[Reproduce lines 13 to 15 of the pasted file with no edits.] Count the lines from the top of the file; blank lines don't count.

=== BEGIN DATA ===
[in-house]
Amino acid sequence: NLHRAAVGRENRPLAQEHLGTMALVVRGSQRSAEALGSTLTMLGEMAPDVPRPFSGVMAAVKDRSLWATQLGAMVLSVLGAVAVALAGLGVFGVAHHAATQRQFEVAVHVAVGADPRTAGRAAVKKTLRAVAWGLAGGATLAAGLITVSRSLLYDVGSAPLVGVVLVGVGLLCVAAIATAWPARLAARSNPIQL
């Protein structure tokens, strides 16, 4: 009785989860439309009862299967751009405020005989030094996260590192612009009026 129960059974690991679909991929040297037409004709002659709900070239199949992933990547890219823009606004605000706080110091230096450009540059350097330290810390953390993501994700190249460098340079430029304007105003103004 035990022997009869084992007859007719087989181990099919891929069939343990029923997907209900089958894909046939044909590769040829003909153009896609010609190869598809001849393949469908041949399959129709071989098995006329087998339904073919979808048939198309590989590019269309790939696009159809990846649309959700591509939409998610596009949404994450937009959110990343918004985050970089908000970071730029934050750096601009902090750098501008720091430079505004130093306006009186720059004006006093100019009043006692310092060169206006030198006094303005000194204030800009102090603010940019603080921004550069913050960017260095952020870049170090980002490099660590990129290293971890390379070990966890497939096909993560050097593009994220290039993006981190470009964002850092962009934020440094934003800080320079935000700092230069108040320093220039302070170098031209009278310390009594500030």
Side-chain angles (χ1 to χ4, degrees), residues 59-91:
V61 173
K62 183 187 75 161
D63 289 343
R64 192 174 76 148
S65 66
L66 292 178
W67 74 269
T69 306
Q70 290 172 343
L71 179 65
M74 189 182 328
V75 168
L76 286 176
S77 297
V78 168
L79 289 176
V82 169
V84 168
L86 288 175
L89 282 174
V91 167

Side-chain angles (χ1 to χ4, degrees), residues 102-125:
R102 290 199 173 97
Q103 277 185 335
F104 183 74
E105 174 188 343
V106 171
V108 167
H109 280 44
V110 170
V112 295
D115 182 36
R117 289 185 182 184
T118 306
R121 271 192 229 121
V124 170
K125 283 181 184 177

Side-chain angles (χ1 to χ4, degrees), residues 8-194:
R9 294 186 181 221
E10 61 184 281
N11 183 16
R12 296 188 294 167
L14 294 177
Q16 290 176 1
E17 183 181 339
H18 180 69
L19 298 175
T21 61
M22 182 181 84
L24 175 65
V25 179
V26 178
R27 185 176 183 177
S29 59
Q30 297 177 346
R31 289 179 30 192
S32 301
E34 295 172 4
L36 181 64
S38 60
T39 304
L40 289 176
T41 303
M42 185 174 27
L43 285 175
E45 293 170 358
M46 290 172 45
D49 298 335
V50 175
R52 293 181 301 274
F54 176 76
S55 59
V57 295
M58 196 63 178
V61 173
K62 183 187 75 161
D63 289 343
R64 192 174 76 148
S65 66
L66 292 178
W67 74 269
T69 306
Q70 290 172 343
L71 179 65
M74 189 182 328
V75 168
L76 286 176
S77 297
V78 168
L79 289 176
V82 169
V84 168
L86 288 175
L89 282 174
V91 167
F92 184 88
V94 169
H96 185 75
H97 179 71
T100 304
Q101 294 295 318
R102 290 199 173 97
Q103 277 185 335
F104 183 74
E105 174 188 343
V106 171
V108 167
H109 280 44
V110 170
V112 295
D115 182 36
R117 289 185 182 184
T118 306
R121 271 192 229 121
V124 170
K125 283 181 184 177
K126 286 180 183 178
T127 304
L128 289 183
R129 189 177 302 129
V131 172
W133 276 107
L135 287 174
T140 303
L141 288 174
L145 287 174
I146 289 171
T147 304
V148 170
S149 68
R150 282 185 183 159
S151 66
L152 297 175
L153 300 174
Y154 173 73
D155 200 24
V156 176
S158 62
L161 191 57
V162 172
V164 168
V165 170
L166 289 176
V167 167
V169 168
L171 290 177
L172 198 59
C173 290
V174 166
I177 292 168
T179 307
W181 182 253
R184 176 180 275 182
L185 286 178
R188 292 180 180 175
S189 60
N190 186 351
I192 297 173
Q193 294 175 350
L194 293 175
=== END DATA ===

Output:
Q70 290 172 343
L71 179 65
M74 189 182 328